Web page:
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Cardiovasc Res. 2008 Aug 1;79(3):360-76. doi: 10.1093/cvr/cvn120. Epub 2008 May 16.

Cytokines and atherosclerosis: a comprehensive review of studies in mice.

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1
TNO-BioSciences, Gaubius-Laboratory, Department of Vascular and Metabolic Diseases, PO Box 2215, 2301 CE Leiden, The Netherlands. robert.kleemann@tno.nl

Abstract

In the past few years, inflammation has emerged as a major driving force of atherosclerotic lesion development. It is now well-established that from early lesion to vulnerable plaque formation, numerous cellular and molecular inflammatory components participate in the disease process. The most prominent cells that invade in evolving lesions are monocyte-derived macrophages and T-lymphocytes. Both cell types produce a wide array of soluble inflammatory mediators (cytokines, chemokines) which are critically important in the initiation and perpetuation of the disease. This review summarizes the currently available information from mouse studies on the contribution of a specified group of cytokines expressed in atherosclerotic lesions, viz. interleukins (IL-1, IL-2, IL-3, IL-4, IL-5, IL-6, IL-10, IL-12, IL-18, IL-20) and macrophage-associated cytokines [tumour necrosis factor-alpha (TNF-alpha); macrophage migration inhibitory factor (MIF); interferon-gamma (IFN-gamma); colony stimulating factors G-CSF,-M-CSF,-GM-CSF) to atherogenesis. Emphasis is put on the consistency of the effects of these cytokines, i.e. inasmuch an effect depends on the experimental approach applied (overexpression/deletion, strain, gender, dietary conditions, and disease stage). An important outcome of this survey is (i) that only for a few cytokines there is sufficient consistent data allowing classifying them as typically proatherogenic (IL-1, IL-12, IL-18, MIF, IFN-gamma, TNF-alpha, and M-CSF) or antiatherogenic (IL-10) and (ii) that some cytokines (IL-4, IL-6 and GM-CSF) can exert pro- or anti-atherogenic effects depending on the experimental conditions. This knowledge can be used for improved early detection, prevention and treatment of atherosclerosis.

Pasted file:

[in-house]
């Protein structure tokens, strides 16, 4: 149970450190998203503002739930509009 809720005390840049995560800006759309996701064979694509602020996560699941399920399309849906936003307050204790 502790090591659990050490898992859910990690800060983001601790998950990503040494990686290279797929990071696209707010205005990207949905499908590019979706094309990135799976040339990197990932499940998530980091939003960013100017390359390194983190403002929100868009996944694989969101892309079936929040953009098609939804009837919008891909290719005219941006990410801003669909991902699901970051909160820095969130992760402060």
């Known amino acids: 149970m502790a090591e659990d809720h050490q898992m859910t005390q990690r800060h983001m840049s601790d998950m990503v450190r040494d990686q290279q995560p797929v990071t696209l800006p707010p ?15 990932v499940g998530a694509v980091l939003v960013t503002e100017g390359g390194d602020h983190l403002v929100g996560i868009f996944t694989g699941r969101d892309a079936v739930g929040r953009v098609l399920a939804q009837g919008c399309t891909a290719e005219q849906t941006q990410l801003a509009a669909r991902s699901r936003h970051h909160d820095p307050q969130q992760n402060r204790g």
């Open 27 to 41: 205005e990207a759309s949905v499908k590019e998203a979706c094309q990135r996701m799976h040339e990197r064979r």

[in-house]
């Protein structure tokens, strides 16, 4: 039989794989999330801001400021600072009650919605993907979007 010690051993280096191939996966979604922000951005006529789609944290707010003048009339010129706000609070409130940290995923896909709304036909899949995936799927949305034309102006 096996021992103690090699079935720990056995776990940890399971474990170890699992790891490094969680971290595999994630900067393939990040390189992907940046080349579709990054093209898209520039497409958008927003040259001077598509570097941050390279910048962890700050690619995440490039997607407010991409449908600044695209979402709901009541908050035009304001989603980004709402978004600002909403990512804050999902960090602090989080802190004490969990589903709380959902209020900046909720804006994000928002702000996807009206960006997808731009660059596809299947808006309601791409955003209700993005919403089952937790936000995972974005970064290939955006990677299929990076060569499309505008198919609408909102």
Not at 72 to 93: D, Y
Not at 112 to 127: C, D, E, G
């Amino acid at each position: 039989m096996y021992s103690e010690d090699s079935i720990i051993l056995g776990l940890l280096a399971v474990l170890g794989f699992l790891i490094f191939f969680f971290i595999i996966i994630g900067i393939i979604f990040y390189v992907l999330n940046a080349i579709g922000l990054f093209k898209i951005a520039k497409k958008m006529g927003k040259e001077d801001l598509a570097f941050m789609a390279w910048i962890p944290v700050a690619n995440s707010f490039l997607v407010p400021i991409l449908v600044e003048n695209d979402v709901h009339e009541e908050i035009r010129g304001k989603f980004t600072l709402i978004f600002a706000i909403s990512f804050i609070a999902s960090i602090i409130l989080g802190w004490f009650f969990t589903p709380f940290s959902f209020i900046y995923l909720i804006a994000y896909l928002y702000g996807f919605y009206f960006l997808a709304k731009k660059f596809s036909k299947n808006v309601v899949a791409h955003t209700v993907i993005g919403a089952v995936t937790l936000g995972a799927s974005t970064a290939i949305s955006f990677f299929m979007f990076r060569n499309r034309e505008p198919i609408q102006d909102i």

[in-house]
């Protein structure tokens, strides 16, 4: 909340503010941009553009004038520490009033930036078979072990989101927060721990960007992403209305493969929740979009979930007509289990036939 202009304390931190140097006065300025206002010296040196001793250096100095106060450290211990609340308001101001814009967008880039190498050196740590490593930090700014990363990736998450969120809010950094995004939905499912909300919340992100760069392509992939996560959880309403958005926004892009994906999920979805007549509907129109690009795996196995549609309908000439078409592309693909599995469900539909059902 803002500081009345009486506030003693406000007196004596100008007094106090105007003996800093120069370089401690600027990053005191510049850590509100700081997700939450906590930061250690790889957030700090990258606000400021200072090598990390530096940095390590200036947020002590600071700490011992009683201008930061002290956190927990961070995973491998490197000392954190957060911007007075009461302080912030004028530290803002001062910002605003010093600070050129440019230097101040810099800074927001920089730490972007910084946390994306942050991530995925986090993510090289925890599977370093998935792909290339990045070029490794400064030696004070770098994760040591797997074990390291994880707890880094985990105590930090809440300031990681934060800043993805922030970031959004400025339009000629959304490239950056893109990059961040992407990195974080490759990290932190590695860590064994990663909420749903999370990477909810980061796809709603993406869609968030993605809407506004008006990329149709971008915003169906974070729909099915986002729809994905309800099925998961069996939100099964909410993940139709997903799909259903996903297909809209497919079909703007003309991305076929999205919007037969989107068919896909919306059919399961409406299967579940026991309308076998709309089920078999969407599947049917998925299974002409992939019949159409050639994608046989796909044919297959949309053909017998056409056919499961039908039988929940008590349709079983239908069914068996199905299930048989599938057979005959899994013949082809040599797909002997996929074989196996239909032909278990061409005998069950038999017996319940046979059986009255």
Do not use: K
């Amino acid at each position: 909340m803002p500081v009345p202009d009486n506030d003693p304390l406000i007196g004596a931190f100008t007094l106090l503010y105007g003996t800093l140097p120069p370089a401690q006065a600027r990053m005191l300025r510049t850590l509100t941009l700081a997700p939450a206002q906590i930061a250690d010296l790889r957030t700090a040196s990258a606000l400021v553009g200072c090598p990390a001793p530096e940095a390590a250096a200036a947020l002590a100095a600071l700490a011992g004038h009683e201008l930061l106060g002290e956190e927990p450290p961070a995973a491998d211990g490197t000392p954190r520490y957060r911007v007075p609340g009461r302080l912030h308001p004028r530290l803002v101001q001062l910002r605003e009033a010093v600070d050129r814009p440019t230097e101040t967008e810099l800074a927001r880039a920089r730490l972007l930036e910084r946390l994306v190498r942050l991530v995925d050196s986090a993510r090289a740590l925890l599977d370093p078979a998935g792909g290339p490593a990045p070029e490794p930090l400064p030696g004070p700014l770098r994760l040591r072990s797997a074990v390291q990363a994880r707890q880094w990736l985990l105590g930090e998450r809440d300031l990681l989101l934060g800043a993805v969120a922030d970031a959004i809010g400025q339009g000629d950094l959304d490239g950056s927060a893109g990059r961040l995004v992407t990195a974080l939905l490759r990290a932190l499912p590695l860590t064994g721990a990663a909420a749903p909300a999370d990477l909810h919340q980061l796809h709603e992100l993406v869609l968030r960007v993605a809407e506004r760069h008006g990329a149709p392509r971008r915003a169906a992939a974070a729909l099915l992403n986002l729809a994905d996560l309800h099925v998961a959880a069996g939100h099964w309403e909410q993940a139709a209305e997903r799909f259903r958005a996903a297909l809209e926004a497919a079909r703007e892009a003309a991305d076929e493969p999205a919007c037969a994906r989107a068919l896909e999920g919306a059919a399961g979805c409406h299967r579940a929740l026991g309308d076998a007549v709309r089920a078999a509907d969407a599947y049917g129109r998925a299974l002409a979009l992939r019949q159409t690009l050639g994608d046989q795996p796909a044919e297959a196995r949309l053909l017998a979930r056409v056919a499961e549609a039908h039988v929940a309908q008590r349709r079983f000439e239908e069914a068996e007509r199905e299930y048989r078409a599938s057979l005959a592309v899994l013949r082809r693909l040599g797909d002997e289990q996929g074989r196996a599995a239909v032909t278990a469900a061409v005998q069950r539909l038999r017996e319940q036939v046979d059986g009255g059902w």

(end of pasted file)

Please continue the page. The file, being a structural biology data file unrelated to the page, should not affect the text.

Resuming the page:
PMID:
18487233
PMCID:
PMC2492729
DOI:
10.1093/cvr/cvn120
[Indexed for MEDLINE]
Free PMC Article
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